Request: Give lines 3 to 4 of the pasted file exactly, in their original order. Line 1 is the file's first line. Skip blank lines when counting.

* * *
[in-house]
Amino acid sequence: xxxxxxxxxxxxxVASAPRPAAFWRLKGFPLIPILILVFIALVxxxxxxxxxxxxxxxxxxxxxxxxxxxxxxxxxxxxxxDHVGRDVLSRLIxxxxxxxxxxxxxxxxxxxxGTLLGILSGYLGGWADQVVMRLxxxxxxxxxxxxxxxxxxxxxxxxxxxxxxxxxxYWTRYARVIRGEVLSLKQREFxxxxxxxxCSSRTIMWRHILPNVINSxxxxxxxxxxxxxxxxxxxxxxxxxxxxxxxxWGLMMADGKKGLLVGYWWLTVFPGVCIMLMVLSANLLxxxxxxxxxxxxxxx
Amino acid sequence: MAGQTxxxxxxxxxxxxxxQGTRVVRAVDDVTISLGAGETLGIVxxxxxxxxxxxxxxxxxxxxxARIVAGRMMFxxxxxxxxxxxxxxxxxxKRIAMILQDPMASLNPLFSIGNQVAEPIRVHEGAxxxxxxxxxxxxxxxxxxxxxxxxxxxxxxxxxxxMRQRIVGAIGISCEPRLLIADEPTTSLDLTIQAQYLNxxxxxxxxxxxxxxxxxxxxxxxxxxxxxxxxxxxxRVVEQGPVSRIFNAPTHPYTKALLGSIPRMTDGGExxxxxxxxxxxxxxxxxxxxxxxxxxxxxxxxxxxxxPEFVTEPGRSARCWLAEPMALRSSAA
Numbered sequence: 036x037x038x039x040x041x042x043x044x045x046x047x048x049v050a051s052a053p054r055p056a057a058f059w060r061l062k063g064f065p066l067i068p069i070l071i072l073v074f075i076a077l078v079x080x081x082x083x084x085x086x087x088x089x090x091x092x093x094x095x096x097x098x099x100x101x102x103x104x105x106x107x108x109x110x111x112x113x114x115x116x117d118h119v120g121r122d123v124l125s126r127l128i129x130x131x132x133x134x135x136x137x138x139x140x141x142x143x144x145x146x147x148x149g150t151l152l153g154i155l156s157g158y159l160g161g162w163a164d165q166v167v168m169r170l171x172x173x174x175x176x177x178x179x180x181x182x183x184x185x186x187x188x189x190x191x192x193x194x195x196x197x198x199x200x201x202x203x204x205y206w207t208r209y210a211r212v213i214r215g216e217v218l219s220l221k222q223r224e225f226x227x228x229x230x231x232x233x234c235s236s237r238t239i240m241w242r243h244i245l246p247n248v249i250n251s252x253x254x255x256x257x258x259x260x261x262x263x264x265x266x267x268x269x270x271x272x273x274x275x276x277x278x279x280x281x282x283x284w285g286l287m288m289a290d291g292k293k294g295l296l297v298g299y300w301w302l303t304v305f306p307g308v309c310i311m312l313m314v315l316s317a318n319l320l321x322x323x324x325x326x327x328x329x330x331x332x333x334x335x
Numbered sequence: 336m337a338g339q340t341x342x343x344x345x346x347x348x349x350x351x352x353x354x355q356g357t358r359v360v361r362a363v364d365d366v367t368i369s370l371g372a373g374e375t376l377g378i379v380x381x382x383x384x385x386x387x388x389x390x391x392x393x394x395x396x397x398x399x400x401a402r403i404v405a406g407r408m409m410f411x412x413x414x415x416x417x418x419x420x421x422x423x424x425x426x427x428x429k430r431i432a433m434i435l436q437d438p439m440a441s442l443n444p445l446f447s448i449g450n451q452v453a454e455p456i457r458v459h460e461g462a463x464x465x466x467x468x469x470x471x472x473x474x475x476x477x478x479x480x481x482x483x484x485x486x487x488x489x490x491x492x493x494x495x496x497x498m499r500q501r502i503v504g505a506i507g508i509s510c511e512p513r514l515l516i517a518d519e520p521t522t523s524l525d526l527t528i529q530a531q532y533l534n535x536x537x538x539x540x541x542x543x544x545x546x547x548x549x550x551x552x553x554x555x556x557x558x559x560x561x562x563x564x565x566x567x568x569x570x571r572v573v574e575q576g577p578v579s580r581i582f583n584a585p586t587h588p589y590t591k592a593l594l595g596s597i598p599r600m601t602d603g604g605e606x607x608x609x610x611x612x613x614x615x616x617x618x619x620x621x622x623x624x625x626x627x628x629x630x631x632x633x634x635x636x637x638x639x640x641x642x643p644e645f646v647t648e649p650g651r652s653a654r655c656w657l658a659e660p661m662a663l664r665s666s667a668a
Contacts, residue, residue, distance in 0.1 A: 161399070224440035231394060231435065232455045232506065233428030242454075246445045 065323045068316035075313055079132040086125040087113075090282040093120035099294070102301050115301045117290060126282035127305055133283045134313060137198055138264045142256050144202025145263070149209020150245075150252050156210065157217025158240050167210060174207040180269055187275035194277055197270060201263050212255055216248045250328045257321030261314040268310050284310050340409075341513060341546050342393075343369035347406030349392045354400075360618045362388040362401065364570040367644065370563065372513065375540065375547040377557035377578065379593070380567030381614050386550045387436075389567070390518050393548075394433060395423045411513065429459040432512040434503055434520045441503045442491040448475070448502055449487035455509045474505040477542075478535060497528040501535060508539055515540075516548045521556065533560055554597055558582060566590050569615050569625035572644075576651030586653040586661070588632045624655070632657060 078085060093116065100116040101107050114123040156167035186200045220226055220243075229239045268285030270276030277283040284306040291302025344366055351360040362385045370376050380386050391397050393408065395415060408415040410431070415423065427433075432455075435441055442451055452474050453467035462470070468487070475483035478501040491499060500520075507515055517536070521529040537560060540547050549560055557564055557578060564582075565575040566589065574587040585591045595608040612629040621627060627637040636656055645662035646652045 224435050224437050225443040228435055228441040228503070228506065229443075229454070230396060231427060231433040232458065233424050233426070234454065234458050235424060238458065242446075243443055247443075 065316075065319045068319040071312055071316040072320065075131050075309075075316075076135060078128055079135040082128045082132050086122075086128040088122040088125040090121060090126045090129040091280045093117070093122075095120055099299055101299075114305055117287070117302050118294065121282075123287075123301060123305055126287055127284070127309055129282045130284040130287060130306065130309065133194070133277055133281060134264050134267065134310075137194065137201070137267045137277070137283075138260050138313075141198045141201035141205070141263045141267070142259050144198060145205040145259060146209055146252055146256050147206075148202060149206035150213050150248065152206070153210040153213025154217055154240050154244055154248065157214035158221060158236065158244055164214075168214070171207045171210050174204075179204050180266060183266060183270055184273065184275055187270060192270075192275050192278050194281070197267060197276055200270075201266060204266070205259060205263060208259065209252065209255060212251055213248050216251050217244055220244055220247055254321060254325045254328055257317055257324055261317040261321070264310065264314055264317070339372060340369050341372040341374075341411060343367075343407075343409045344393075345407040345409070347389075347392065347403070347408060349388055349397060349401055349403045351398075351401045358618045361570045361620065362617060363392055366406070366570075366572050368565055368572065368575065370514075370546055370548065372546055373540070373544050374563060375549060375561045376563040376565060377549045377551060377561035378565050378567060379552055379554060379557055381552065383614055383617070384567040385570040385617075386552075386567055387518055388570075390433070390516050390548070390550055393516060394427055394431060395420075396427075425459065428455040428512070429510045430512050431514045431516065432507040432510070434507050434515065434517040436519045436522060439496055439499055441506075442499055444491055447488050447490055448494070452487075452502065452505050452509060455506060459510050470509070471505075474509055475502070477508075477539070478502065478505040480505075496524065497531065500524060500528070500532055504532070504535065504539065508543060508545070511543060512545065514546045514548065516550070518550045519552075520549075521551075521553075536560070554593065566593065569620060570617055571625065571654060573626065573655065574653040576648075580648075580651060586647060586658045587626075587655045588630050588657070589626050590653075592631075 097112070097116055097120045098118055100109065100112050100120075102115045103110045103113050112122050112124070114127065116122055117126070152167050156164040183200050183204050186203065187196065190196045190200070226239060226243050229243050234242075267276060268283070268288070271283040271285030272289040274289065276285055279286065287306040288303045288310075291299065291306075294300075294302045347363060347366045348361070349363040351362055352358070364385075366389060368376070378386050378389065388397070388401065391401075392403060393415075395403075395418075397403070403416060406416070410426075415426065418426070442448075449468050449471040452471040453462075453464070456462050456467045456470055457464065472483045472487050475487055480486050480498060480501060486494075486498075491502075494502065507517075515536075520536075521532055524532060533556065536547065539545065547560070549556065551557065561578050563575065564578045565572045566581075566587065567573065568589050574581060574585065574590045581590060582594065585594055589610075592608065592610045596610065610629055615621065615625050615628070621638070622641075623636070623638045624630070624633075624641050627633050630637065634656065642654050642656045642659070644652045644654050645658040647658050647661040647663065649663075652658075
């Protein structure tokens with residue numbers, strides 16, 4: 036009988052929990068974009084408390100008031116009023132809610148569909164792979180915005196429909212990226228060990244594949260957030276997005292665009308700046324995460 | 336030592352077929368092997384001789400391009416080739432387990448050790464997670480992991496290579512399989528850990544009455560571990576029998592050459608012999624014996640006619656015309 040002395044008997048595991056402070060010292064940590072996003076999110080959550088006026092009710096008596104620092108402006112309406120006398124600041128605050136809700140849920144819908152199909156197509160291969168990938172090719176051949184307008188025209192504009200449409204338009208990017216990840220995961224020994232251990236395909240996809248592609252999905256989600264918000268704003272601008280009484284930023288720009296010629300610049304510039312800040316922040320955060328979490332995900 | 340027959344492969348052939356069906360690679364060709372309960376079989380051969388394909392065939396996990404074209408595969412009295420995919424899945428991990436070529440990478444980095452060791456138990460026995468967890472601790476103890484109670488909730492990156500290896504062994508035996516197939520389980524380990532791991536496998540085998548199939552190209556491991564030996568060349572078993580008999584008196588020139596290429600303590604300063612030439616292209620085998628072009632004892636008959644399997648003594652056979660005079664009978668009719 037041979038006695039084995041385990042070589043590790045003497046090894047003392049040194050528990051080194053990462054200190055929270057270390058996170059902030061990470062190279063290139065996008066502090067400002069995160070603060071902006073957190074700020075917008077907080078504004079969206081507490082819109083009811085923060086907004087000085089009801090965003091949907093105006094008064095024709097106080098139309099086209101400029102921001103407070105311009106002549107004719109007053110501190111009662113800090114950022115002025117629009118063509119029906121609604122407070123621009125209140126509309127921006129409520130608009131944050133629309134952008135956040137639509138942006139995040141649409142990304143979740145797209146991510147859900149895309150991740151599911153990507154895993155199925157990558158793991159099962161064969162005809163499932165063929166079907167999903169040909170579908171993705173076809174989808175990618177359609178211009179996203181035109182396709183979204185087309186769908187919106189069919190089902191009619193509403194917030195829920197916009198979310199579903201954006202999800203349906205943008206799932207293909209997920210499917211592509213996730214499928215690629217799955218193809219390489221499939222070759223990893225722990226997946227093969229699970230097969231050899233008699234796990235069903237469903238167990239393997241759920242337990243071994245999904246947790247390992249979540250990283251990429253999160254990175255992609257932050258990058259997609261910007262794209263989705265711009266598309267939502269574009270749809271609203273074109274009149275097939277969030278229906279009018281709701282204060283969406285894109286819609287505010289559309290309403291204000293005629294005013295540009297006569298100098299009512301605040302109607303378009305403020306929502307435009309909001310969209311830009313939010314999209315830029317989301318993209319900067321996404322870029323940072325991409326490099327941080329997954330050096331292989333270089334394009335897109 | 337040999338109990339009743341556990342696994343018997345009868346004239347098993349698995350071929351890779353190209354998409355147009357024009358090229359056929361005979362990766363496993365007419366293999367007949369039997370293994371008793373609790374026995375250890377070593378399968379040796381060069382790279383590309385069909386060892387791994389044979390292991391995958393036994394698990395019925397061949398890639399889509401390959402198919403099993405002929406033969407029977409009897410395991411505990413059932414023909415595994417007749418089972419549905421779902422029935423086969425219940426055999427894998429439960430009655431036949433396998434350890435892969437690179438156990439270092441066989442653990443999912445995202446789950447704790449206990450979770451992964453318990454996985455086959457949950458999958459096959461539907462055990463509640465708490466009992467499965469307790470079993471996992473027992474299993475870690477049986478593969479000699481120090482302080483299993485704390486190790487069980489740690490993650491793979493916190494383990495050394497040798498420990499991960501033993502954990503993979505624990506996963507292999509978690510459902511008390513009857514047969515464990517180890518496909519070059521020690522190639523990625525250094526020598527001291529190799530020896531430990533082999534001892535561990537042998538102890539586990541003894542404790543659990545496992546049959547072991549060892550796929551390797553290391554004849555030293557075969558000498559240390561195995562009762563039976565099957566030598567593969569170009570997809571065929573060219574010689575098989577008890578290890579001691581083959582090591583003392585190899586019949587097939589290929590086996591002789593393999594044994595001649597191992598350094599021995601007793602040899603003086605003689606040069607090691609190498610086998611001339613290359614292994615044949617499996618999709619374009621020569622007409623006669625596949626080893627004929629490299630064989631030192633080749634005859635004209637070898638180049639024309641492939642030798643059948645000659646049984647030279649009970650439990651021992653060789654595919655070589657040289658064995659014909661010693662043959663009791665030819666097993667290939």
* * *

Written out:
Amino acid sequence: MAGQTxxxxxxxxxxxxxxQGTRVVRAVDDVTISLGAGETLGIVxxxxxxxxxxxxxxxxxxxxxARIVAGRMMFxxxxxxxxxxxxxxxxxxKRIAMILQDPMASLNPLFSIGNQVAEPIRVHEGAxxxxxxxxxxxxxxxxxxxxxxxxxxxxxxxxxxxMRQRIVGAIGISCEPRLLIADEPTTSLDLTIQAQYLNxxxxxxxxxxxxxxxxxxxxxxxxxxxxxxxxxxxxRVVEQGPVSRIFNAPTHPYTKALLGSIPRMTDGGExxxxxxxxxxxxxxxxxxxxxxxxxxxxxxxxxxxxxPEFVTEPGRSARCWLAEPMALRSSAA
Numbered sequence: 036x037x038x039x040x041x042x043x044x045x046x047x048x049v050a051s052a053p054r055p056a057a058f059w060r061l062k063g064f065p066l067i068p069i070l071i072l073v074f075i076a077l078v079x080x081x082x083x084x085x086x087x088x089x090x091x092x093x094x095x096x097x098x099x100x101x102x103x104x105x106x107x108x109x110x111x112x113x114x115x116x117d118h119v120g121r122d123v124l125s126r127l128i129x130x131x132x133x134x135x136x137x138x139x140x141x142x143x144x145x146x147x148x149g150t151l152l153g154i155l156s157g158y159l160g161g162w163a164d165q166v167v168m169r170l171x172x173x174x175x176x177x178x179x180x181x182x183x184x185x186x187x188x189x190x191x192x193x194x195x196x197x198x199x200x201x202x203x204x205y206w207t208r209y210a211r212v213i214r215g216e217v218l219s220l221k222q223r224e225f226x227x228x229x230x231x232x233x234c235s236s237r238t239i240m241w242r243h244i245l246p247n248v249i250n251s252x253x254x255x256x257x258x259x260x261x262x263x264x265x266x267x268x269x270x271x272x273x274x275x276x277x278x279x280x281x282x283x284w285g286l287m288m289a290d291g292k293k294g295l296l297v298g299y300w301w302l303t304v305f306p307g308v309c310i311m312l313m314v315l316s317a318n319l320l321x322x323x324x325x326x327x328x329x330x331x332x333x334x335x